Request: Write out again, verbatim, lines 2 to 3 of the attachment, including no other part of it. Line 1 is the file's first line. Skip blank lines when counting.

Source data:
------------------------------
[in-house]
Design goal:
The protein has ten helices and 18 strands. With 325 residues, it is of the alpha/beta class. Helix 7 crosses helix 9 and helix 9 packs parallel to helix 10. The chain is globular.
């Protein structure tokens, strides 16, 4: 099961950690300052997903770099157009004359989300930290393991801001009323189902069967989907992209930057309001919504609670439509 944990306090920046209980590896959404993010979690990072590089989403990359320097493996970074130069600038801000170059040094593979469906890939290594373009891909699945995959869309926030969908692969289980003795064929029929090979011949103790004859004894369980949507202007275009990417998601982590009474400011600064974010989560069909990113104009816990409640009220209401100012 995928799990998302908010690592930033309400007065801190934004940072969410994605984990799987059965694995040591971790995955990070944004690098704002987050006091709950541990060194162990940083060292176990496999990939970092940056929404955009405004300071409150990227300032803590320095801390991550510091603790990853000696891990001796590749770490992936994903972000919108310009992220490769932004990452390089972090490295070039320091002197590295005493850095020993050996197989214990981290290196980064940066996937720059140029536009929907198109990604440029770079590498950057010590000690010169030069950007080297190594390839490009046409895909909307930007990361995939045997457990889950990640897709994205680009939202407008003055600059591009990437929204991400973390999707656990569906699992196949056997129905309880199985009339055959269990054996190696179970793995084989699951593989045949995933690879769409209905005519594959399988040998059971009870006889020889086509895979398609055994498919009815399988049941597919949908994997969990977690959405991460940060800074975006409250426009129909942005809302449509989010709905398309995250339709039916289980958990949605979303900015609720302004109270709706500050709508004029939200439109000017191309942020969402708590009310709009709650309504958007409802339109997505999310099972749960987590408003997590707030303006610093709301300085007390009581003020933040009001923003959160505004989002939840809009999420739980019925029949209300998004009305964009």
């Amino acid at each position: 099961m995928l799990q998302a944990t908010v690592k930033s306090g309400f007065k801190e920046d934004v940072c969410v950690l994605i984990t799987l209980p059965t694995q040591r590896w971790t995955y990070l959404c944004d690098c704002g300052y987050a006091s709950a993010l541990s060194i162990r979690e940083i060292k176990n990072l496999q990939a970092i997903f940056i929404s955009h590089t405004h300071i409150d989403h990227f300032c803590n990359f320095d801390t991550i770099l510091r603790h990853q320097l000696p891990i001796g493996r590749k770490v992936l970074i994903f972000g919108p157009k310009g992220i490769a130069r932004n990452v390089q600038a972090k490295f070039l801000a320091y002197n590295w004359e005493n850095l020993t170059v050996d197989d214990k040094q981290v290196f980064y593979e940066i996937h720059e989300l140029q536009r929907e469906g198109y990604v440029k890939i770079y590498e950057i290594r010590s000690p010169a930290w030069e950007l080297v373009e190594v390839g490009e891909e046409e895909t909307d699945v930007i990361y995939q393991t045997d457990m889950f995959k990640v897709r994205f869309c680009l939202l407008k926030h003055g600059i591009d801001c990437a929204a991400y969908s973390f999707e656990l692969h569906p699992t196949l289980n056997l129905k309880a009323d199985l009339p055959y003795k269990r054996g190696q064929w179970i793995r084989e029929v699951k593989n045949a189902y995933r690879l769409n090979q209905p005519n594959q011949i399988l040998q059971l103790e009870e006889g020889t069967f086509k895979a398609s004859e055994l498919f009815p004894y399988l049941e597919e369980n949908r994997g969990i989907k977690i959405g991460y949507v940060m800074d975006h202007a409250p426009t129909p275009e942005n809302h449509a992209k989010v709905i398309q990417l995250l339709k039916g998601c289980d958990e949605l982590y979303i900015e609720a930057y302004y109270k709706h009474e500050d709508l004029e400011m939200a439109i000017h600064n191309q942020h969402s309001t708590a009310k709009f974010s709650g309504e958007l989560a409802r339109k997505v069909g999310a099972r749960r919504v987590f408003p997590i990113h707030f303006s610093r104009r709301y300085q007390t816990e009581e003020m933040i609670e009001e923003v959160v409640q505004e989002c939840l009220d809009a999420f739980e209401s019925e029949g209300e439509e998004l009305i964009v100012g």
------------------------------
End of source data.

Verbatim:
Design goal:
The protein has ten helices and 18 strands. With 325 residues, it is of the alpha/beta class. Helix 7 crosses helix 9 and helix 9 packs parallel to helix 10. The chain is globular.